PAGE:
Gear

5 Camp Axes and Why You Need Them

January 2, 2015
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When away from civilization, be it in the woods or on the trail, the outdoorsman’s trusted companion is the campside axe or hatchet. In your choice of this tool, you must weight capability against form and function, keeping in mind that fine balance between a bringing enough blade and the fact that every extra ounce of weight has to be carried not only in, but back out again.

Typically, with a camp axe you want it to be packable, be it in a rucksack, jeep back, saddlebag, or canoe. This means a handle under 20 inches. For maximum versatility, you also want to keep with single bit heads, meaning designed with only one cutting edge to be used for felling and limbing. This will give you a wide and flat poll on the reverse that can be used to pound tent pegs or as a hammer point in log splitting. Here are five good ones that won’t leave you hanging.

Estwing Sportsman’s AxeKnown by contractors and craftsmen alike from coast to coast, Estwing makes some of the best hammers and hand tools in the country and has been doing so since 1923. With this legacy behind them, they have produced one of the most classically-styled yet functional small axes on the globe. Their Sportsman’s Axe, available in both a 12 and 14-inch length, is forged one-piece impact rated steel with a traditional leather ring grip. It not only works well but it looks great while doing it.

Plumb Rigster HatchetWith a name that goes back to the 1850s, Plumb is one of the oldest players in the hand tool game. Sold side by side with Estwing in the better hammer section, it is a recognized household name among woodworkers. Besides their hammers, the company, now under the Apex Tools banner, also makes a serious line of hatchets. Not typically marketed to outdoorsmen, make no mistake that these roofer’s dreams, also commonly seen in the tool belts of those who handcraft log cabins, make great camp axes. The 28-ounce Rigster, with  its 18-inch long hickory shaft, hammerhead poll and bevel curve nail puller can help you build your own camp with equal ease.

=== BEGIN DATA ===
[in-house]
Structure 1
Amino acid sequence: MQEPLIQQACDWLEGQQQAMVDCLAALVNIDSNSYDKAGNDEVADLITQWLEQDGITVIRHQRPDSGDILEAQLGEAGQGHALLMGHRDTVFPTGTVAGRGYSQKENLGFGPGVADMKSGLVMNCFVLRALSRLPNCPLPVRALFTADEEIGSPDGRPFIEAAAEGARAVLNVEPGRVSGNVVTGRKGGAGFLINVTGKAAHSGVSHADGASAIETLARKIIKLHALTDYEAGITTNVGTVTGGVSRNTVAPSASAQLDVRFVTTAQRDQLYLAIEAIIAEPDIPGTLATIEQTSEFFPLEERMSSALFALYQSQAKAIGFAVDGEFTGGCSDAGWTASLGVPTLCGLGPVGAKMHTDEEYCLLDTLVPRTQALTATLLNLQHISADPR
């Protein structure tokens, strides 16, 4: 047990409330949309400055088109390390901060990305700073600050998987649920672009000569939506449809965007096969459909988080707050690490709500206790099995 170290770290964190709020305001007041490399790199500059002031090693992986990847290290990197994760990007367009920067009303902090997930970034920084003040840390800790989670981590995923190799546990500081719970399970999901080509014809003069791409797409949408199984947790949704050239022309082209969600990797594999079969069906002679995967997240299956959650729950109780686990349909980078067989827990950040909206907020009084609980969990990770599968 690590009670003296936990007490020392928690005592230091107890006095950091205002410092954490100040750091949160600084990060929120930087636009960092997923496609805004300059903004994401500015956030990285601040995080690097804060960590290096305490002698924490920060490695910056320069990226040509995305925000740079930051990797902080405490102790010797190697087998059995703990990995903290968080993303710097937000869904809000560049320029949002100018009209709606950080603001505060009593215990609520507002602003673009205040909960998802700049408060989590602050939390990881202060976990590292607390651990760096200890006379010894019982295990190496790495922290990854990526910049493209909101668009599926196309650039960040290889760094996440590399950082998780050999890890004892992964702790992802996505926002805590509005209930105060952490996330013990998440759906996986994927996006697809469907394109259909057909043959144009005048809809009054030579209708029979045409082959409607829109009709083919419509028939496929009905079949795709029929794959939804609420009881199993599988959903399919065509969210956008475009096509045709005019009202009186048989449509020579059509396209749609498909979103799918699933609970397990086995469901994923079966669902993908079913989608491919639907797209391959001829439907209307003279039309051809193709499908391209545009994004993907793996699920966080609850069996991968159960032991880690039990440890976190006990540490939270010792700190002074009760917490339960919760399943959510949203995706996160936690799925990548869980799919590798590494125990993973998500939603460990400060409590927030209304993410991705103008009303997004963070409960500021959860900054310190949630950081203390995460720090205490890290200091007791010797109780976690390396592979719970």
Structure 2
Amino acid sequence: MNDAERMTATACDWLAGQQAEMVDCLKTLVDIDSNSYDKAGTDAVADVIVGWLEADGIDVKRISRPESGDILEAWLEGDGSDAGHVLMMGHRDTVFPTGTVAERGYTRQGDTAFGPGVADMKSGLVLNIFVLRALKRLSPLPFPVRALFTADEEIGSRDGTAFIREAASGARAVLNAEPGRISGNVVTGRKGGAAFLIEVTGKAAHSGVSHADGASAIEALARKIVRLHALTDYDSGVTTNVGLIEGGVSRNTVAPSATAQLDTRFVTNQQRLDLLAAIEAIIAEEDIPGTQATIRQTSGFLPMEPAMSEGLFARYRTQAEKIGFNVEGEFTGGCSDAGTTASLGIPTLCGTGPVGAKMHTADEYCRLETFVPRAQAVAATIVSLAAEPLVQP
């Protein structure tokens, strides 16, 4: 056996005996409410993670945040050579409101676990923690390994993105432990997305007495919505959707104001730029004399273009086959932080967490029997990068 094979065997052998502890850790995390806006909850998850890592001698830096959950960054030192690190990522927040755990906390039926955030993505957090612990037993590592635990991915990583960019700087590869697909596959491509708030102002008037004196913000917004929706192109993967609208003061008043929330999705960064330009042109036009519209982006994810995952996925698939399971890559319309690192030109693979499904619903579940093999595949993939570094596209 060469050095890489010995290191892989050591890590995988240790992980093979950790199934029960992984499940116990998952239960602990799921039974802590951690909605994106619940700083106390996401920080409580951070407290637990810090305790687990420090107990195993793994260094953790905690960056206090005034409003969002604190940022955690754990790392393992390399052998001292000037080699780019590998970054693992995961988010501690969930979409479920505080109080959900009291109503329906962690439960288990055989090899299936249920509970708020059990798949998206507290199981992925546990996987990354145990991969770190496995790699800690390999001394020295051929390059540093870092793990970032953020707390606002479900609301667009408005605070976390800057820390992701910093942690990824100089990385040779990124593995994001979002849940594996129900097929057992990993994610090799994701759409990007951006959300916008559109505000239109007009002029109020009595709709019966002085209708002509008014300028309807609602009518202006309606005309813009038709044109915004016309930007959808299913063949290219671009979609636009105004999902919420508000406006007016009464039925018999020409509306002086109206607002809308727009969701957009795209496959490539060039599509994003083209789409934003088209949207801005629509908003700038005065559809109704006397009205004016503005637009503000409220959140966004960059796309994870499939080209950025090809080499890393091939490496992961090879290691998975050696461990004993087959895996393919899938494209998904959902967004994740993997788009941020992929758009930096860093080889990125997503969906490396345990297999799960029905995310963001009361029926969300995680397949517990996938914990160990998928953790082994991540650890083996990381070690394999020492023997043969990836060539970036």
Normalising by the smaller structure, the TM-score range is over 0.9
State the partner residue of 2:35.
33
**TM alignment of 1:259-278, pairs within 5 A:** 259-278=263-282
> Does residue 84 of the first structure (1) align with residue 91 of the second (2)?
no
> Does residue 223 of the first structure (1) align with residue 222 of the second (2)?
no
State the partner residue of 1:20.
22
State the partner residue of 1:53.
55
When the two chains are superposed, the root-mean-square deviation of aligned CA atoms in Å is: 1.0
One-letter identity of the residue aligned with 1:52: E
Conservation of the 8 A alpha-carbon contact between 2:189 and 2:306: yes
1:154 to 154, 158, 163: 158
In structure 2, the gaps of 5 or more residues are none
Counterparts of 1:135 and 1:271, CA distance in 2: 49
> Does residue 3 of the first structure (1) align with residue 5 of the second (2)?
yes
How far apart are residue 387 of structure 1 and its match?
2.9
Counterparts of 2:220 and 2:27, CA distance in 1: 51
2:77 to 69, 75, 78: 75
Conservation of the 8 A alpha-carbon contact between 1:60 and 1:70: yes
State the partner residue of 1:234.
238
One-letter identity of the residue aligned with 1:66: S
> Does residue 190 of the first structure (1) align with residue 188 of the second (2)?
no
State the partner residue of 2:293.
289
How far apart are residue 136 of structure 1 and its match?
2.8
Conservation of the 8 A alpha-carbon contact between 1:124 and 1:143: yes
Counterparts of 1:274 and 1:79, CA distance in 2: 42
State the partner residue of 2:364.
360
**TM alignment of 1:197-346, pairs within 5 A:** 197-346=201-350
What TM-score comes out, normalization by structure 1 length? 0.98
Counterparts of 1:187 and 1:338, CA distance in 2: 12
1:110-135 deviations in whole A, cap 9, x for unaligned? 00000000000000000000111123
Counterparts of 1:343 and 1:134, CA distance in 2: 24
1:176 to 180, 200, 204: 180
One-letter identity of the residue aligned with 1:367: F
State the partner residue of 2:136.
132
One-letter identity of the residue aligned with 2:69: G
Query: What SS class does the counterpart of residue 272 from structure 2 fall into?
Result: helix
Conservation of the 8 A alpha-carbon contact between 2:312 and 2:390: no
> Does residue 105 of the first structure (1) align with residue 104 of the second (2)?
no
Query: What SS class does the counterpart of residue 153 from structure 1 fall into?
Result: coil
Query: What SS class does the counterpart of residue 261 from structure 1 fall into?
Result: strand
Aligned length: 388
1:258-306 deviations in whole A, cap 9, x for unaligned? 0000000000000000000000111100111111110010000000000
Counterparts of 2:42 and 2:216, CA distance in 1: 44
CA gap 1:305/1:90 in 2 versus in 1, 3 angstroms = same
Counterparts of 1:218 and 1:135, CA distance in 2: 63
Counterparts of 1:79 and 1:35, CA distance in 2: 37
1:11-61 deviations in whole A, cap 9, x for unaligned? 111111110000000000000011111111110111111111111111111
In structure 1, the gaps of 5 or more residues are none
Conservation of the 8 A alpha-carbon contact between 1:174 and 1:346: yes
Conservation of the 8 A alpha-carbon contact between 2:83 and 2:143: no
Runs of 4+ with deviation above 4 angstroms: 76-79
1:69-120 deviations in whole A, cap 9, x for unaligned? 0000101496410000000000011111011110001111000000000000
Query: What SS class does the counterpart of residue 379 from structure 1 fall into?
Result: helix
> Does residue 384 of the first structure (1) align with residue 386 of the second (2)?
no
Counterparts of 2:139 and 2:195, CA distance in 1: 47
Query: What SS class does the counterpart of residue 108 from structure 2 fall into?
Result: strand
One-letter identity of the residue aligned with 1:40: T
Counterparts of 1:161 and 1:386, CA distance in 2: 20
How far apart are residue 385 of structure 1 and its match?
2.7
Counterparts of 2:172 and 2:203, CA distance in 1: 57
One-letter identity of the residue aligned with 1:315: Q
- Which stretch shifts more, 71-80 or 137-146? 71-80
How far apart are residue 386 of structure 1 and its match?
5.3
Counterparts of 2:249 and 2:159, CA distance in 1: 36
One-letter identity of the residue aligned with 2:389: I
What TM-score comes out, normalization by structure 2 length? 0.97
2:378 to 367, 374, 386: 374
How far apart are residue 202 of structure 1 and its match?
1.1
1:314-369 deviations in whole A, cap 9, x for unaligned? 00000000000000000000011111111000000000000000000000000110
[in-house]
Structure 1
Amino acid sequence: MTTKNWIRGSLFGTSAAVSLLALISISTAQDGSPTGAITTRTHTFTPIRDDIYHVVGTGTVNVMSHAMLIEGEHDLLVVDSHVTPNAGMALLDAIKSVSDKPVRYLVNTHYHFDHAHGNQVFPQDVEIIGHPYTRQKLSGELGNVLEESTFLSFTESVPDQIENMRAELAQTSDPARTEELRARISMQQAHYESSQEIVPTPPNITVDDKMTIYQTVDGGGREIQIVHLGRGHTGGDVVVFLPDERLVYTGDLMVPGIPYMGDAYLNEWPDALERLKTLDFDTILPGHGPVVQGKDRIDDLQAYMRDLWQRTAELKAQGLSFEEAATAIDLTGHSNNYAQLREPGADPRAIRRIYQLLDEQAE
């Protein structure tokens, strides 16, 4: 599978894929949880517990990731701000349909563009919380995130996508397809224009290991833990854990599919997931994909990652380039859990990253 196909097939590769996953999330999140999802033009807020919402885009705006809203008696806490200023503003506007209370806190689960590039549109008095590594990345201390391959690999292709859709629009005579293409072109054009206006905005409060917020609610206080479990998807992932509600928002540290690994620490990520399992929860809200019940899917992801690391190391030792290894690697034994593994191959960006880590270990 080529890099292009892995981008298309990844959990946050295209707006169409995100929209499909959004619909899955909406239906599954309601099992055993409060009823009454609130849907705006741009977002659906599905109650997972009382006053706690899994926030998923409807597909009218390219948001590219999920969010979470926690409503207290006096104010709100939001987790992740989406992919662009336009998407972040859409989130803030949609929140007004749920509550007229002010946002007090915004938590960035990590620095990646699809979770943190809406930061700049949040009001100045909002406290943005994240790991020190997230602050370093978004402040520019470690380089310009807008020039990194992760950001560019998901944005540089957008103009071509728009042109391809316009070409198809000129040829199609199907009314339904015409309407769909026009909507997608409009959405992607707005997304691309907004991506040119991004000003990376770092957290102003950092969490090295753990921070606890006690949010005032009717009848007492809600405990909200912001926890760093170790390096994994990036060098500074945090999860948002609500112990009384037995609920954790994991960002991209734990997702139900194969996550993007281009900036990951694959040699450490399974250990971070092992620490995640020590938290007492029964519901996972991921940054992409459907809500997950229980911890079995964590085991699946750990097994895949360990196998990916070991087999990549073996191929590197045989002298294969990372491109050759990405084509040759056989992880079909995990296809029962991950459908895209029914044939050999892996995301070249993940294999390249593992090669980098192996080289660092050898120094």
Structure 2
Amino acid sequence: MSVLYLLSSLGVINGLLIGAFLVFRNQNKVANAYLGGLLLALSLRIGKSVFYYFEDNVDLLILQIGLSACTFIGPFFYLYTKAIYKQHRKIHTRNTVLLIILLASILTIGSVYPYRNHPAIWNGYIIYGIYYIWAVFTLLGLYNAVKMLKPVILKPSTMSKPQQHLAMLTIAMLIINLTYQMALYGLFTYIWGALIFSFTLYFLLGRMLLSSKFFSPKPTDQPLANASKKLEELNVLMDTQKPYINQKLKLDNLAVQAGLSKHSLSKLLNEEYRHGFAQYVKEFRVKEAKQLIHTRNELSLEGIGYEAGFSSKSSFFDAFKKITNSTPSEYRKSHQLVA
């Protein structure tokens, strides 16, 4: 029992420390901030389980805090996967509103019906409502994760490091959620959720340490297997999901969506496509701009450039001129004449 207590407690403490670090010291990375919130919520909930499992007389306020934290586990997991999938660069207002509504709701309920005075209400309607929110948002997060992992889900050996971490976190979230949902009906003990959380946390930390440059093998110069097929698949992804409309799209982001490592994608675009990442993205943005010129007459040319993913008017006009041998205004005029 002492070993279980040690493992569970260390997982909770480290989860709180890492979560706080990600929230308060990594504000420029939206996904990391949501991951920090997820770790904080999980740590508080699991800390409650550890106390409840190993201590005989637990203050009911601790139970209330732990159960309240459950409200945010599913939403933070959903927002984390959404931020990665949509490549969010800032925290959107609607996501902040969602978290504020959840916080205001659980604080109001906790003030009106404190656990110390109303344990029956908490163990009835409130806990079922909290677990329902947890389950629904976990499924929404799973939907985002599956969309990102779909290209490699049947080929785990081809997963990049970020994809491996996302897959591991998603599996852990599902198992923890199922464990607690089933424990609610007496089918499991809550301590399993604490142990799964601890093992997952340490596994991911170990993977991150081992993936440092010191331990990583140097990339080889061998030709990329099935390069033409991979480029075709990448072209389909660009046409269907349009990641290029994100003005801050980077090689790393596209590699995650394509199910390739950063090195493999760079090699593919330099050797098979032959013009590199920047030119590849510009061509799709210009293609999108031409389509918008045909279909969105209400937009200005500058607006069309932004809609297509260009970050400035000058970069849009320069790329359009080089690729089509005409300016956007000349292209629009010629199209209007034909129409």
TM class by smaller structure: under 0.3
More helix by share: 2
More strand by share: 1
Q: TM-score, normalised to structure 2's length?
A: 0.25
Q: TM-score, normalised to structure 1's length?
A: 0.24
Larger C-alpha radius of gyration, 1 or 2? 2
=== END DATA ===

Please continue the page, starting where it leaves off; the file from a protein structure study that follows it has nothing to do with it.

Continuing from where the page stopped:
Gränsfors Bruks Small Forest AxeWhat do you think of when Sweden pops into mind? Ever heard bad things about it? There is a reason for that. With more than two thirds of the Scandinavian country covered in some of the thickest old growth forests remaining in Europe, it is a natural paradise for outdoor recreation. With that in mind you would expect hunting and camping axes there to be a chop above the rest and those by Gränsfors Bruks certainly aim to live up to that expectation. One of the most capable of their more than 40 axe choices for the foot-borne camper is their Small Forest Axe. Coming in at two-pounds, this 19-inch long chopper can fell a tree and help build a campsite all while still fitting in a rucksack. Labeled by GB as an axe it’s still considered a hatchet on this side of the pond since its overall length is under 20-inches. No matter how you define it, this offering is a great all-round camp tool.

Zippo WoodsmanYou came. You sawed. You’ll conquer. Or so says Pennsylvania-based Zippo when it comes to their Woodsman camp tool. Part bow saw, part mallet, all axe, this packable multi-tool can do everything from pound tent stakes, to fell trees and saw logs for your fire pit. We are only surprised that it doesn’t have a lighter included.

Wetterling Belt AxeAnother great Swedish camping tool company is Wetterling and perhaps one of their best offerings for sportsmen is their small belt axe. Handmade with a forged carbon steel head and a 10-inch hickory handle, it tips the scales at just 1.25 pounds and is one of the smaller offerings out there. However, its bit face, with a nice wide heel and toe, is easy to sharpen to near-razor quality which makes this European import capable of fine carpentry work around camp if you get bored—or even a morning shave if careful enough.

Each of the above tackle your camping needs differently with their own list of qualities. With that said, any of them stand ready to give you a good chop along the trail.

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